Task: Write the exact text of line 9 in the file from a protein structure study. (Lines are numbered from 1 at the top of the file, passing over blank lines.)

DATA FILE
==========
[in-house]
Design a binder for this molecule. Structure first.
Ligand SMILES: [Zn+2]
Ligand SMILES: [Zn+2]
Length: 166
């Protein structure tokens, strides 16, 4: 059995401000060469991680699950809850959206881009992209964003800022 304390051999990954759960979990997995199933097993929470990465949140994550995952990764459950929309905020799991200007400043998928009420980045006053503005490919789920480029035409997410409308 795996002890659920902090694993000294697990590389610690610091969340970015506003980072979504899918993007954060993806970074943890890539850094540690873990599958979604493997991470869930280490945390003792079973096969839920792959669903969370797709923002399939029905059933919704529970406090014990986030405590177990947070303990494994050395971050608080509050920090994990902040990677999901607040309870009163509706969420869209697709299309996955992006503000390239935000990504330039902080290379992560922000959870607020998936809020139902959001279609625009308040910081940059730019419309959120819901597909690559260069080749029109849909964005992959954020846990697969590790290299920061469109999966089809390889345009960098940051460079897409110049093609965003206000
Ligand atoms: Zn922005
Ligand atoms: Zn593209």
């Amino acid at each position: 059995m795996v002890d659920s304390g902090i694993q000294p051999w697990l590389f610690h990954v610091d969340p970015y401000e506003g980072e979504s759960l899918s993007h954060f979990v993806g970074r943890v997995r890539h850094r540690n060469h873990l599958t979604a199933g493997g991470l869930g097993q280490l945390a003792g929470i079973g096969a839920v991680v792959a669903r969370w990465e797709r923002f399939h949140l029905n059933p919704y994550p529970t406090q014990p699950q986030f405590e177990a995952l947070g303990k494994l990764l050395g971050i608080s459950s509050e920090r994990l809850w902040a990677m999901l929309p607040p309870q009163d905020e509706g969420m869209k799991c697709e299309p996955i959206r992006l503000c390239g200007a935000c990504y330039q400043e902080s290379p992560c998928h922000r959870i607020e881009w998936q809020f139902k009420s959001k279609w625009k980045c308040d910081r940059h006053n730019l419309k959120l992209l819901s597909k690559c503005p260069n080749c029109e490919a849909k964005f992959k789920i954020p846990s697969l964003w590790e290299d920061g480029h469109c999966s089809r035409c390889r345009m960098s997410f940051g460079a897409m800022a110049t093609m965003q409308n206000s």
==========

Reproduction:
């Amino acid at each position: 059995m795996v002890d659920s304390g902090i694993q000294p051999w697990l590389f610690h990954v610091d969340p970015y401000e506003g980072e979504s759960l899918s993007h954060f979990v993806g970074r943890v997995r890539h850094r540690n060469h873990l599958t979604a199933g493997g991470l869930g097993q280490l945390a003792g929470i079973g096969a839920v991680v792959a669903r969370w990465e797709r923002f399939h949140l029905n059933p919704y994550p529970t406090q014990p699950q986030f405590e177990a995952l947070g303990k494994l990764l050395g971050i608080s459950s509050e920090r994990l809850w902040a990677m999901l929309p607040p309870q009163d905020e509706g969420m869209k799991c697709e299309p996955i959206r992006l503000c390239g200007a935000c990504y330039q400043e902080s290379p992560c998928h922000r959870i607020e881009w998936q809020f139902k009420s959001k279609w625009k980045c308040d910081r940059h006053n730019l419309k959120l992209l819901s597909k690559c503005p260069n080749c029109e490919a849909k964005f992959k789920i954020p846990s697969l964003w590790e290299d920061g480029h469109c999966s089809r035409c390889r345009m960098s997410f940051g460079a897409m800022a110049t093609m965003q409308n206000s």